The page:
12 Sep 2012
Agents, trustees, and international courts: The politics of judicial appointment at the World Trade Organization
Journal Article by Manfred Elsig (WTI, University of Bern, CH) and Mark A. Pollack (Temple University, USA)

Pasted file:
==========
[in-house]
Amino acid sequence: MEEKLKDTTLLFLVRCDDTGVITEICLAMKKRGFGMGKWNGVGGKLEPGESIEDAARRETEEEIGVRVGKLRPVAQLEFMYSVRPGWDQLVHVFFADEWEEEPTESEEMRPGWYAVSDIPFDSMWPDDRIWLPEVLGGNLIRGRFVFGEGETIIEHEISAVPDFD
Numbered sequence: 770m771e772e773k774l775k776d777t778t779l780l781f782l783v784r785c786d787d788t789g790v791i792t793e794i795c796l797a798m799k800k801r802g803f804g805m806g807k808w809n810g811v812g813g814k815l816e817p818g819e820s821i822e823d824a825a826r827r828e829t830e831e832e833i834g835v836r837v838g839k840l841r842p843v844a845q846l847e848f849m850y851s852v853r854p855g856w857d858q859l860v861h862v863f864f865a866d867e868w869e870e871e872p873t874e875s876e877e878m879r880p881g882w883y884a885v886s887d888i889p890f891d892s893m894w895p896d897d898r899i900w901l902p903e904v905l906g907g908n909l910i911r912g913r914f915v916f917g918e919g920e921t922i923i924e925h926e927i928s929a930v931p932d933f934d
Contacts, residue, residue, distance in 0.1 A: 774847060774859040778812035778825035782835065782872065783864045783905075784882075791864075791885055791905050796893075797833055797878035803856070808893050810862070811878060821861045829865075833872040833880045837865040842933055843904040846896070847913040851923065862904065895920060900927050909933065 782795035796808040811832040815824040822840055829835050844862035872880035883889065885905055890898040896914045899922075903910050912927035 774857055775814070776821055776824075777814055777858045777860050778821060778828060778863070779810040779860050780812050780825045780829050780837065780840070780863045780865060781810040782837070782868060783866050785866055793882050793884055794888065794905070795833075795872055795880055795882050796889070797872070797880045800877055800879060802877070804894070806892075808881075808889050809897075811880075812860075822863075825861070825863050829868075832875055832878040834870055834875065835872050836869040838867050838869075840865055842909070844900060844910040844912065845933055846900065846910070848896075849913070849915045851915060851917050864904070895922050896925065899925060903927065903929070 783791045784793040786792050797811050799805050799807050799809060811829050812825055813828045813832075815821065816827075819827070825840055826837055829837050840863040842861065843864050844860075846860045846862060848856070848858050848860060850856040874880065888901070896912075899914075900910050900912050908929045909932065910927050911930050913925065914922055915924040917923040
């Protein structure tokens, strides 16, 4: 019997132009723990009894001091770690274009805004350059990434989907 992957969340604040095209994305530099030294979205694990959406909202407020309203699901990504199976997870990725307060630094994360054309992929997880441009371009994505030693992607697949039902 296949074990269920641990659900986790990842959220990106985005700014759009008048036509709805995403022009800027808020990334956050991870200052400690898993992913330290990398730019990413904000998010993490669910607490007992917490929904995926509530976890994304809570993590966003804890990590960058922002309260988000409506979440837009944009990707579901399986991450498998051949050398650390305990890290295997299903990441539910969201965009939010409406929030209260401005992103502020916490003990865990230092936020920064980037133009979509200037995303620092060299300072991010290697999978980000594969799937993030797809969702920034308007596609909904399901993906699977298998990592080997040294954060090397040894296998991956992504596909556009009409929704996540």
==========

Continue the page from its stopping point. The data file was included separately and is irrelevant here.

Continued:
Scholars have increasingly theorized, and debated, the decision by states to create and delegate authority to international courts, as well as the subsequent autonomy and behavior of those courts, with principal–agent and trusteeship models disagreeing on the nature and extent of states’ influence on international judges. This article formulates and tests a set of principal–agent hypotheses about the ways in which, and the conditions under which, member states are able use their powers of judicial nomination and appointment to influence the endogenous preferences of international judges. The empirical analysis surveys the record of all judicial appointments to the Appellate Body of the World Trade Organization (WTO) over a 15-year period. We present a view of an Appellate Body appointment process that, far from representing a pure search for expertise, is deeply politicized and offers member-state principals opportunities to influence Appellate Body members ex ante and possibly ex post. We further demonstrate that the Appellate Body nomination process has become progressively more politicized over time as member states, responding to earlier and controversial Appellate Body decisions, became far more concerned about judicial activism and more interested in the substantive opinions of Appellate Body candidates, systematically championing candidates whose views on key issues most closely approached their own, and opposing candidates perceived to be activist or biased against their substantive preferences. Although our empirical study is specific to the WTO, our theory and findings have implications for the judicial politics of a large variety of global and regional international courts and tribunals.